Suppose you have spent any time buying gas, shopping for groceries, or even indulging in a drive-thru. In that case, everything costs more everywhere, and Americans everywhere are now interested in understanding inflation.
Everything else is costing more, but you’re not making more money. Where’s the fun in that? When inflation happens, most people “feel” it without understanding it. That is another factor that can lead to insurmountable debt–often leading to talking to us for help.
If this confuses you or gives you a “tired head,” Beyond Finance is here to help and answer your questions. However, we’d help you before you need us to talk to your creditors and negotiate your debt. But first, a definition helps:
Inflation measures how much more expensive a set of goods and services has become over a certain period, usually a yearInternational Monetary Fund
If that definition doesn’t help you much, the Bureau of Labor Statistics has another explanation:
Inflation is the overall decline in the value of money since the more prices go up, the less each dollar is worth. Every business is going to try to make money.
When people buy less, prices may go up so they can still earn without losing profit. It’s the way of the world, but don’t lose hope because you can make it.
The economy is something few people really can explain. Again, as hard-working Americans, all we know is when things get tight, how it hurts. However, we can do a few things to continue understanding inflation. You may be doing some things now, but are they working? If not, maybe these will help.
Here are five easy tips to help you with battling and understanding inflation:
It doesn’t hurt to ask about inflation.
We have skilled people who have learned how to negotiate on behalf of our clients over years of proven experience. The art of negotiating can look like a hustle, but when it benefits all parties involved, that’s when it works.
First, try the easy stuff. Call your insurance provider, streaming services, and cell phone carriers. Ask them where you can save money. Note you have to start looking elsewhere and see if that helps. Then, once you have some confidence, call your credit card company and ask about your APR. If they say “No,” you tried. So, wait a few months and try again.
Please write it down
This will always be an answer when personal debt is concerned because when you can see what you’re doing and spending, it’s remarkable how fast you can understand where to make changes. In the business world, that’s called a “Debt Management Plan.” You can call it a “Budget.”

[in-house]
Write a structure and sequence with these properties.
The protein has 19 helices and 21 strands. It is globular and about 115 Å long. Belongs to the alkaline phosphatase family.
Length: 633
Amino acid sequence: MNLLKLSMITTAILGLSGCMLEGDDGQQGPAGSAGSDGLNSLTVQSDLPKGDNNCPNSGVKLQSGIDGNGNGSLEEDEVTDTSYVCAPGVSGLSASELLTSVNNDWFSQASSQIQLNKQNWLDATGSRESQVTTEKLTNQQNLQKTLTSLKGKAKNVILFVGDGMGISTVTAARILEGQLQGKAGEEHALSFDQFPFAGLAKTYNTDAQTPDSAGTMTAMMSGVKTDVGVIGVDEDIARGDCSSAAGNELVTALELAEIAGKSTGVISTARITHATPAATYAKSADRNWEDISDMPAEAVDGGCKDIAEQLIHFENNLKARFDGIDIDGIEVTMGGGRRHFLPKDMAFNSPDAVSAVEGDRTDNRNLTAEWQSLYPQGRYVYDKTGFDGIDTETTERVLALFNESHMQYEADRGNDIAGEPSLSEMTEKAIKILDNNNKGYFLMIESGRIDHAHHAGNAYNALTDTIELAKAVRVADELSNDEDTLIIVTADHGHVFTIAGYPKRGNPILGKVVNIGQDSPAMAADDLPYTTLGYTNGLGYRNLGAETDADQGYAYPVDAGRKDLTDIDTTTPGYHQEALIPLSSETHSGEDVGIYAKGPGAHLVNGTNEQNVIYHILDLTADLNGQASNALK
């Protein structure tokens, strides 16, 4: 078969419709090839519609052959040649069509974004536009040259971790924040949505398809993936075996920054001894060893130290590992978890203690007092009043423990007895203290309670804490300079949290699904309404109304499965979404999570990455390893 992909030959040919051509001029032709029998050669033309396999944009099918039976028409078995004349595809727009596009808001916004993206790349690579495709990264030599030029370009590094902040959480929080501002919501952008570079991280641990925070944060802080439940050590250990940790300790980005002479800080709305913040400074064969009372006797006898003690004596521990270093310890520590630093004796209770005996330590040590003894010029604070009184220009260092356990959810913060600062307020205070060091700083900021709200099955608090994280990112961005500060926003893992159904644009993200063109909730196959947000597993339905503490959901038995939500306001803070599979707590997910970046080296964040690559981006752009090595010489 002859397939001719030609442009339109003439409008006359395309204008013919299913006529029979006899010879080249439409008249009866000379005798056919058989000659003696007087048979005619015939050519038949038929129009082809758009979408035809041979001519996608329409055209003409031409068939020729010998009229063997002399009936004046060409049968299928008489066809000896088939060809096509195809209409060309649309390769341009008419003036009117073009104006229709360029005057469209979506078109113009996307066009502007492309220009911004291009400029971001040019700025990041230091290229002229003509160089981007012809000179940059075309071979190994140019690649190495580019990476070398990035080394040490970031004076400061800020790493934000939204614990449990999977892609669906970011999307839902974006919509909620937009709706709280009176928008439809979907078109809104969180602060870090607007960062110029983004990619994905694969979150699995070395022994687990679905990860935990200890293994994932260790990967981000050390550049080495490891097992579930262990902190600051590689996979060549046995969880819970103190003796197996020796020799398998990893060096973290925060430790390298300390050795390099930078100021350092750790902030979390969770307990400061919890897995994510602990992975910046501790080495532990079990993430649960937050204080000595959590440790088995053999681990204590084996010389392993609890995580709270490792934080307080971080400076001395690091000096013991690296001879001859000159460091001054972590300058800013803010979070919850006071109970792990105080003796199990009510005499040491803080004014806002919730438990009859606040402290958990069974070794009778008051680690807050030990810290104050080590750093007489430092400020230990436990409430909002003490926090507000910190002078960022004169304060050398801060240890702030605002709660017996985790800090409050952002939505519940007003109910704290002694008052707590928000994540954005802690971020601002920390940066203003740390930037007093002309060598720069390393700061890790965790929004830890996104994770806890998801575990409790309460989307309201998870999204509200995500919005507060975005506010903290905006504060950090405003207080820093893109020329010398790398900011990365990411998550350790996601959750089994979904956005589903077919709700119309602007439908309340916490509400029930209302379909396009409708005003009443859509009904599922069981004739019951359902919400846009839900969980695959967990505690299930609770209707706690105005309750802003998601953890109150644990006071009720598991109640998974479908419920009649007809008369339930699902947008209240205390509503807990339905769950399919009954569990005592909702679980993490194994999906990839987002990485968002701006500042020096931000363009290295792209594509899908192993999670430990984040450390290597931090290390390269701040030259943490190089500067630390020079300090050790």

Either way, it’s necessary to do this since it’s not a math thing–it’s an accountability thing. Understanding inflation is about realizing your spending patterns and where to reel them in. Your budget should consist of your needs first, then consider your wants. Do that, and you are halfway there.
Consider buying over renting
Generally, understanding inflations mean grasping the reality of how to control your highest–and often, most important–costs. If you are renting, your landlord can hike what you pay. Unless you have a binding agreement that locks you in, plan on the price going up.
With owned property, you’ve already signed a 15- or 30-year loan agreement that shores up your monthly payments to something you can afford. Not to mention, inflation helps increase your property value, so think about that seriously.
Reduce your eco-prints
Improving your energy efficiency is suitable for many reasons, including how to go about understanding inflation better. Have you seen your light bill lately? Even the mysterious “grid” is charging you more. Change your light bulbs to LED if you haven’t already. All of them.
If you have anything that could be powered with solar panels, like the accent lights in your front yard, do that. Not all solar panels have to go into “OMG” pricing for you to have them. Another way to save energy is to have your doors and windows sealed. The less heat or cold air that leaves your home, the less you need to depend on central heat and air to do its job.
Do you really need that?
That question is the number one thing you should ask yourself daily. It’s something that Warren Buffett even does. His BFF, business partner, and vice-chair of Berkshire Hathaway, Charlie Munger, said this at an annual shareholder meeting about understanding inflation in 2004.
“One of the great defenses to being worried about inflation is not having a lot of silly needs in your life.” Don’t believe the billionaire there? How many times do you go to that fancy coffee place each week? What about eating fast food? Shopping is fun, but don’t you already have a closet full of “nothing to wear”? Just think about it.